Tuesday, May 26, 2009

To teach or not to teach

During my time at illustrious (major research university) MRU 2, I began to think that I would love a teaching career at one of the top teaching colleges in the nation. This is not to say I don't enjoy and excel in research. But there is something about having the product of my labor being illuminated young minds that is many times more rewarding than simply seeing my name on yet another journal publication. I love that "ah hah!" moment students studying science get when their eyes light up and a subject they once feared is now exciting and rewarding-- and I love helping them get there.

A recent conversation with a young assistant professor in the physical sciences at a top liberal arts college put this to question. I asked him what aspects of his job he would change and his answer was "I would teach less, and I would want more resources to do my research." Needless to say, this made me think "That sounds a lot like an MRU faculty position... why did you come here?" The truth is, Professor X is not the first to make comments like these. Many colleges that were once teaching oriented now have significant research requirements for tenure (poorly communicated requirements I should add on the suggestion of Professor X). Without the financial support or the reduced teaching load of an MRU (eg, 3 courses versus 1 taught per semester... anyone who has taught knows how incredibly time-consuming a 3 course load would be), faculty scramble to teach, grade, meet with students, apply for grants, run research (more hands-on at teaching colleges), and do the various service activities required of them. Having spoken to several faculty members at top liberal arts colleges, I'm convinced this is a more time-consuming position with worse work-life balance than that at any MRU I've experienced. Thoughts?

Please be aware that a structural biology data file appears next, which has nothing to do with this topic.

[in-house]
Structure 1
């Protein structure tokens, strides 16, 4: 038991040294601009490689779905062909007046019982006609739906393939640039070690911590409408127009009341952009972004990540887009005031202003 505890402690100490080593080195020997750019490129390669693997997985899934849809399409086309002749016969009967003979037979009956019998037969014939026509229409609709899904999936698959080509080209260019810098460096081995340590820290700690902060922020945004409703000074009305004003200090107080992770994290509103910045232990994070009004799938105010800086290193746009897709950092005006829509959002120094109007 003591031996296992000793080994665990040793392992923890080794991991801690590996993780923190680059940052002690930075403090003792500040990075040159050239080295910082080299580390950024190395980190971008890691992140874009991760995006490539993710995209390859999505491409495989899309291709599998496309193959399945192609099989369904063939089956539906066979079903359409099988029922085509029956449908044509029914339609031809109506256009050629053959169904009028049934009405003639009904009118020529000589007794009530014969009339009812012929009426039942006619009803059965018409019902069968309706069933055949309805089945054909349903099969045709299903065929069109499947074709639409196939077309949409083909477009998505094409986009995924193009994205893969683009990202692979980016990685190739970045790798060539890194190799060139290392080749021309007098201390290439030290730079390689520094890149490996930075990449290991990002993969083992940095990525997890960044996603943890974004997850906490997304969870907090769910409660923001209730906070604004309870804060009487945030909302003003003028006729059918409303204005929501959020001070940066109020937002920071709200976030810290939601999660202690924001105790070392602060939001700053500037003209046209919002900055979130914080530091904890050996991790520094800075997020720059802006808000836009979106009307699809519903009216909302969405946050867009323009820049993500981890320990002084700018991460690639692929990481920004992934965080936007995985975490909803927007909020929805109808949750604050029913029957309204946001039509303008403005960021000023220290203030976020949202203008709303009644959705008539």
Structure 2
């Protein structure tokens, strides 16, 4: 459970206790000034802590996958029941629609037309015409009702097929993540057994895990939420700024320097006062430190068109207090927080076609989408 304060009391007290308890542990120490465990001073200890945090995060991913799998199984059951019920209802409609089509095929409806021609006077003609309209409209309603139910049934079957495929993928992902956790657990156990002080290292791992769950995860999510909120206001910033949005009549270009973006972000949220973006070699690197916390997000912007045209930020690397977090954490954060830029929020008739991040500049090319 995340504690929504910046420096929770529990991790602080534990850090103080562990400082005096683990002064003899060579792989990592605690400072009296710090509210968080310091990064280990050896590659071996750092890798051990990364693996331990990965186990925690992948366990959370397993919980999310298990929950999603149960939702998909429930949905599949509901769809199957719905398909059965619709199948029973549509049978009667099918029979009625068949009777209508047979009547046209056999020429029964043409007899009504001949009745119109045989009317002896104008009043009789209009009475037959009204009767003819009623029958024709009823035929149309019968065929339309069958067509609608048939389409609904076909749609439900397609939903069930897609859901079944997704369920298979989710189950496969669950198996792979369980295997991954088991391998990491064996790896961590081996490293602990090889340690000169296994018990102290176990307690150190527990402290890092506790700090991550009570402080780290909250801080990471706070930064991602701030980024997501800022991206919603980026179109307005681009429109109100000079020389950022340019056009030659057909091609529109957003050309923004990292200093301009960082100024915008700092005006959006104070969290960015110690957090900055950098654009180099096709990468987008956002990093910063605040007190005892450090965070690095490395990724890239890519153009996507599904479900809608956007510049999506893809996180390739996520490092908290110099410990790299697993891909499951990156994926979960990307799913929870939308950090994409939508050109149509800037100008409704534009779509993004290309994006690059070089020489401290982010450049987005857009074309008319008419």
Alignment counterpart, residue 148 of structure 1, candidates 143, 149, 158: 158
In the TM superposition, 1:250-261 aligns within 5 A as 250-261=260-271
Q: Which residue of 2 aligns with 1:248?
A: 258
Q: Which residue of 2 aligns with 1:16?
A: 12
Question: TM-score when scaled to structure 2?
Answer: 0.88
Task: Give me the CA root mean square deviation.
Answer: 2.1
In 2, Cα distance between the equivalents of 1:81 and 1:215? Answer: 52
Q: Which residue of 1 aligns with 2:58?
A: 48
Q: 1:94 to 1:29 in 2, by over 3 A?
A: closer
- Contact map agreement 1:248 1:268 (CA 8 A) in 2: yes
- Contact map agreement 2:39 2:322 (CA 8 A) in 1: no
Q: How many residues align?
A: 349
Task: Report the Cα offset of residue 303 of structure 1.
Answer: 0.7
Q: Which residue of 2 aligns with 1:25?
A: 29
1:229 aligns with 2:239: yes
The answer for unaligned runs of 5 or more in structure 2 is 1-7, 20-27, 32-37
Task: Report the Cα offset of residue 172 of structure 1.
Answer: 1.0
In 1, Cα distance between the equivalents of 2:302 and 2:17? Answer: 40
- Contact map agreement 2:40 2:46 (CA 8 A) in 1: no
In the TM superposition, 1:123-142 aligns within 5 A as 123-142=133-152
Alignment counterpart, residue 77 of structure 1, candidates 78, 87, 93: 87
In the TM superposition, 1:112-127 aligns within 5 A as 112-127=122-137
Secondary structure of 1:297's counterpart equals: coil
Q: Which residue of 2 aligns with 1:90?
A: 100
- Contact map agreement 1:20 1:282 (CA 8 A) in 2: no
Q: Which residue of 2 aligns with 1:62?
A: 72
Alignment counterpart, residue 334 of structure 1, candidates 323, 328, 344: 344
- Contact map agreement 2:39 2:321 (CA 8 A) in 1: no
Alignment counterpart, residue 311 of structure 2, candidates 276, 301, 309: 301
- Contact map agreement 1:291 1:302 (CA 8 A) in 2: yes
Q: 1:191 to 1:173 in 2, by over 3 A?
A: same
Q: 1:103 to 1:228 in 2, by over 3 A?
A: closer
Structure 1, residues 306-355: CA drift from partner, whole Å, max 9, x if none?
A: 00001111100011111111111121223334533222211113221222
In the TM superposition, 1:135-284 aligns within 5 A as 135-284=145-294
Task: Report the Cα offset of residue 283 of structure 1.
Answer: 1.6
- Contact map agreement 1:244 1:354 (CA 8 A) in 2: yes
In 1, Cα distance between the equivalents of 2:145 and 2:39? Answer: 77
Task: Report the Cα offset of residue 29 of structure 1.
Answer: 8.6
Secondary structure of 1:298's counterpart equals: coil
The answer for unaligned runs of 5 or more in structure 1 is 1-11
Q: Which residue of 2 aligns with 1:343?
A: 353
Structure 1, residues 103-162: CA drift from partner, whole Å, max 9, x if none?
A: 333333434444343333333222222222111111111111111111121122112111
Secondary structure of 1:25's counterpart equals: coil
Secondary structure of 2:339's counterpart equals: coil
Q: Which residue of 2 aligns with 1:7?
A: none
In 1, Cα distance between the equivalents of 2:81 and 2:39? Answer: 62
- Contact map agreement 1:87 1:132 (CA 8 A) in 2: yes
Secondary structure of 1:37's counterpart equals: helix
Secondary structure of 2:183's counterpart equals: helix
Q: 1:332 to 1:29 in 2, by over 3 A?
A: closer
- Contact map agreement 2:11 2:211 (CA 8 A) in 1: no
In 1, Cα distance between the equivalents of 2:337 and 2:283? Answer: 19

Tuesday, May 19, 2009

Paula Cole and Pay Day

There is a lot of buzz about the stimulus funding and what it's going to mean for grant organizations like NSF and NIH. I can't tell you the number of eager scientists I've seen drooling over this rainfall after a recent, painful drought. One of the positive ramifications of increased scientific investment by the federal government is that universities will be able to once again open their doors and begin hiring (thank God! and Congress?). It's also a nice "change of pace" for orgs like NIH who haven't seen a budget increase since 2002 (AACR Cancer Policy Monitor - March 2009).